|Archaeology Findings Suggest War Sparks Civilization|
|Living - The Dialogue|
|TS-Si News Service|
|Thursday, 28 July 2011 08:00|
Los Angeles, CA, USA. A new study is part of a large, worldwide comparative research effort to define the factors that gave rise to the first societies that developed public buildings, widespread religions and regional political systems — or basically characteristics associated with ancient states or what is colloquially known as civilization.
War, regional trade and specialized labor are the three factors that keep coming up as predecessors to civilization.
Charles Stanish, director of the UCLA Cotsen Institute of Archaeology, and Abigail Levine, a UCLA graduate student in anthropology, used archaeological evidence from the Titicaca basin of southern Peru.
The area was home to a number of thriving and complex early societies during the first millennium B.C.
Stanish, who is also a professor of anthropology at UCLA, and Levine traced the evolution of two larger, dominant states in the region: Taraco, along the Ramis River, and Pukara, in the grassland pampas.
The findings from the initial stage of the larger investigation appear in the Proceedings of the National Academy of Sciences (PNAS).
War appears to have played a similar civilizing role in Mesoamerica, as well as Mesopotamia, Stanish said. To further test his theories on the origins of civilization, Stanish will begin a new project next year at a Neolithic site in Armenia.Warfare, triggered by political conflict between the fifth century B.C. and the first century A.D., likely shaped the development of the first settlement that would classify as a civilization in the Titicaca basin of southern Peru.
Conducted between 2004 and 2006, the authors' excavations in Taraco unearthed signs of a massive fire that raged sometime during the first century A.D., reducing much of the state to ash and architectural rubble. The authors compared artifacts dating from before and after the fire and concluded that agriculture, pottery and the obsidian industry, all of which had flourished in the state, greatly declined after the fire.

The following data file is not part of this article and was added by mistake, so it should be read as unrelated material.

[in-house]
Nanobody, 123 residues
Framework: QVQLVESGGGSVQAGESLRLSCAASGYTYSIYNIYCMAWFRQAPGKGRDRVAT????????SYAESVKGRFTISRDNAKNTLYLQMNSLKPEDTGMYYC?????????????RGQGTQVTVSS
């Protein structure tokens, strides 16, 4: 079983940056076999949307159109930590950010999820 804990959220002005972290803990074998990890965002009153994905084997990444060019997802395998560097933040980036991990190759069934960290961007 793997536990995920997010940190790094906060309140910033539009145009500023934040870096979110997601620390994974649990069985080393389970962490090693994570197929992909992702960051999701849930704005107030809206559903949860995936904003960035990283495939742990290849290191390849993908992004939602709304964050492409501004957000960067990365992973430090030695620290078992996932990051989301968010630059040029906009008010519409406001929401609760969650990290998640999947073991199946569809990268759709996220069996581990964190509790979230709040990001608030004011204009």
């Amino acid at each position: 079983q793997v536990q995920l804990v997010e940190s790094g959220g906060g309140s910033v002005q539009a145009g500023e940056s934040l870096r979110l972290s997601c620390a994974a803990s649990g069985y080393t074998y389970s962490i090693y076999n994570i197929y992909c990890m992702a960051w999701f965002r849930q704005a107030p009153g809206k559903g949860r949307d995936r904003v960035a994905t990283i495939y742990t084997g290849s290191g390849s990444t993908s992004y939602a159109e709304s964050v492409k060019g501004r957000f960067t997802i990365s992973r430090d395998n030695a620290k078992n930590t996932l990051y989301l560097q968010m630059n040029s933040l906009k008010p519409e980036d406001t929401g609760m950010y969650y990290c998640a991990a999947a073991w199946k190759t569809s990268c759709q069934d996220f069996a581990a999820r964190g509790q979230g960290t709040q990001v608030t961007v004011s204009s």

Based on the range and extent of the destruction and the lack of evidence supporting reconstruction efforts, the authors suggest that the fire was a result of war, not of an accident or a ritual.
Iconographic evidence of conflict in regional stone-work, textiles and pottery suggests that the destruction of Taraco had been preceded by several centuries of raids. This includes depictions of trophy heads and people dressed in feline pelts cutting off heads, among other evidence.
Because the downfall of Taraco, which was home to roughly 5,000 people, coincided with the rise of neighboring Pukara as a dominant political force in the region, the authors suggest that warfare between the states may have led to the raids, shaping the early political landscape of the northern Titicaca basin.
Inhabited between 500 B.C. and 200 A.D., Pukara was the first regional population center in the Andes highlands. During its peak, it covered more than 2 square kilometer and housed approximately 10,000 residents, including bureaucrats, priests, artisans, farmers, herders and possibly warriors.
The civilization's ruins include impressive monolithic sculptures with a variety of geometric, zoomorphic and anthropomorphic images, plus intricate, multi-colored pottery in a variety of ritual and domestic forms.
CitationInaugural Article: War and early state formation in the northern Titicaca Basin, Peru. Charles Stanish and Abigail Levine. Proceedings of the National Academy of Sciences 2011; ePub ahead of print. doi:10.1073/pnas.1110176108
Excavations at the site of Taraco in the northern Titicaca Basin of southern Peru indicate a 2,600-y sequence of human occupation beginning ca. 1100 B.C.E. Previous research has identified several political centers in the region in the latter part of the first millennium B.C.E. The two largest centers were Taraco, located near the northern lake edge, and Pukara, located 50 km to the northwest in the grassland pampas. Our data reveal that a high-status residential section of Taraco was burned in the first century A.D., after which economic activity in the area dramatically declined. Coincident with this massive fire at Taraco, Pukara adopted many of the characteristics of state societies and emerged as an expanding regional polity. We conclude that organized conflict, beginning approximately 500 B.C.E., is a significant factor in the evolution of the archaic state in the northern Titicaca Basin.
Keywords: archaeology, evolution of cooperation, pukara, taraco.
|Last Updated on Wednesday, 27 July 2011 21:08|